If you wish to become a philosopher, you must try, as far as you can, to get rid of beliefs which depend solely upon the place and time of your education, and upon what your parents and school- masters told you. No one can do this completely, and no one can be a perfect philosopher, but up to a point we can all achieve it if we wish to.
“But why should we wish to?” you may ask. There are several reasons.
One of them is that irrational opinions have a great deal to do with war and other forms of violent strife. The only way in which a society can live for any length of time without violent strife is by establishing social justice, and social justice appears to each man to be injustice if he is persuaded that he is superior to his neighbors.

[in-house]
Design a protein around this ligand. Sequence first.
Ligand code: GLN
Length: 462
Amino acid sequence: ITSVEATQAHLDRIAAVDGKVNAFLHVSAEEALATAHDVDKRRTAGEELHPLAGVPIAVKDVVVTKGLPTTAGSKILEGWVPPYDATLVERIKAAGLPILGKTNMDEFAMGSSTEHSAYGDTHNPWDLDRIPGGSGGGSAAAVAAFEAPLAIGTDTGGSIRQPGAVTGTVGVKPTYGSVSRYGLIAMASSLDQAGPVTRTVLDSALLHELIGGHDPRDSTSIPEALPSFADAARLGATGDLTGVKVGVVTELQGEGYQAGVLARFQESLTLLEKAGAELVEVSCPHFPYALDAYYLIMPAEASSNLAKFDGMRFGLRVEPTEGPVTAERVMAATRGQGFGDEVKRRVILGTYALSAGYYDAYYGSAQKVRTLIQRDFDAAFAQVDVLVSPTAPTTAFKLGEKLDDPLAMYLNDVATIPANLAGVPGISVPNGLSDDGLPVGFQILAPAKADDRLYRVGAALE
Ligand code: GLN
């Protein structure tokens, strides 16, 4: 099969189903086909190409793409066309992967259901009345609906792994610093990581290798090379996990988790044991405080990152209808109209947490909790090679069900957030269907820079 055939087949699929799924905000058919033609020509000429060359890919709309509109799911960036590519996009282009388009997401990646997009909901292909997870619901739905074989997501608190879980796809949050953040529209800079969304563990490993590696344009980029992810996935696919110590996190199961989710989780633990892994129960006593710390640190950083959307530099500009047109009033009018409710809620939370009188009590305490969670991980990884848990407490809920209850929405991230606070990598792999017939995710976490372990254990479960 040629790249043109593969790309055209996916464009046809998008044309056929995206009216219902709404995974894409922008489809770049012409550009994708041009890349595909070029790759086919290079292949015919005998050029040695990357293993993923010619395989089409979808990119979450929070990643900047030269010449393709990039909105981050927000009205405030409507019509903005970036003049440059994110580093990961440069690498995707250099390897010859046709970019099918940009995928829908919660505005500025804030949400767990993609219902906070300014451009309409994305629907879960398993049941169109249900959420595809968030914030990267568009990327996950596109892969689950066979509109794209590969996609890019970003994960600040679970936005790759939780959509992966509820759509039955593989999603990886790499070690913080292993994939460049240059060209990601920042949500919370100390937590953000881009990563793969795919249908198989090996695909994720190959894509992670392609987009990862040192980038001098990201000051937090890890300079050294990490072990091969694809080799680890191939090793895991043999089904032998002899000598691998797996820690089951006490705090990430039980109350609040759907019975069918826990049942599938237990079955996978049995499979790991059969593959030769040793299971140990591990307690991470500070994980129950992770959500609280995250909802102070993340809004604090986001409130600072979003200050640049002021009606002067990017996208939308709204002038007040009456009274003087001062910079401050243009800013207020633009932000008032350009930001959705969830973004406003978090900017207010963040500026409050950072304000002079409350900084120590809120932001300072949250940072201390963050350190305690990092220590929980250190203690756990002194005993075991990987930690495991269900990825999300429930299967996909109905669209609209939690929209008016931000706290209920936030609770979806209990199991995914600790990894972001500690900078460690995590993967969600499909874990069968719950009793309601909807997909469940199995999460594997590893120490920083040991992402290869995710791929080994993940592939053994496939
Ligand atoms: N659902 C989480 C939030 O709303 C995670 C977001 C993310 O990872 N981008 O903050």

Justice between classes is difficult where there is a class that believes itself to have a right to more than a proportionate share of power or wealth. Justice between nations is only possible through the power of neutrals, because each nation believes in its own superior excellence. Justice between creeds is even more difficult, since each creed is convinced that it has a monopoly of the truth of the most important of all subjects. It would be increasingly easier than it is to arrange disputes amicably and justly if the philosophic outlook were more wide-spread.
— Bertrand Russell, The Art of Philosophizing: And Other Essays (1968), Essay I: The Art of Rational Conjecture (1942), p. 9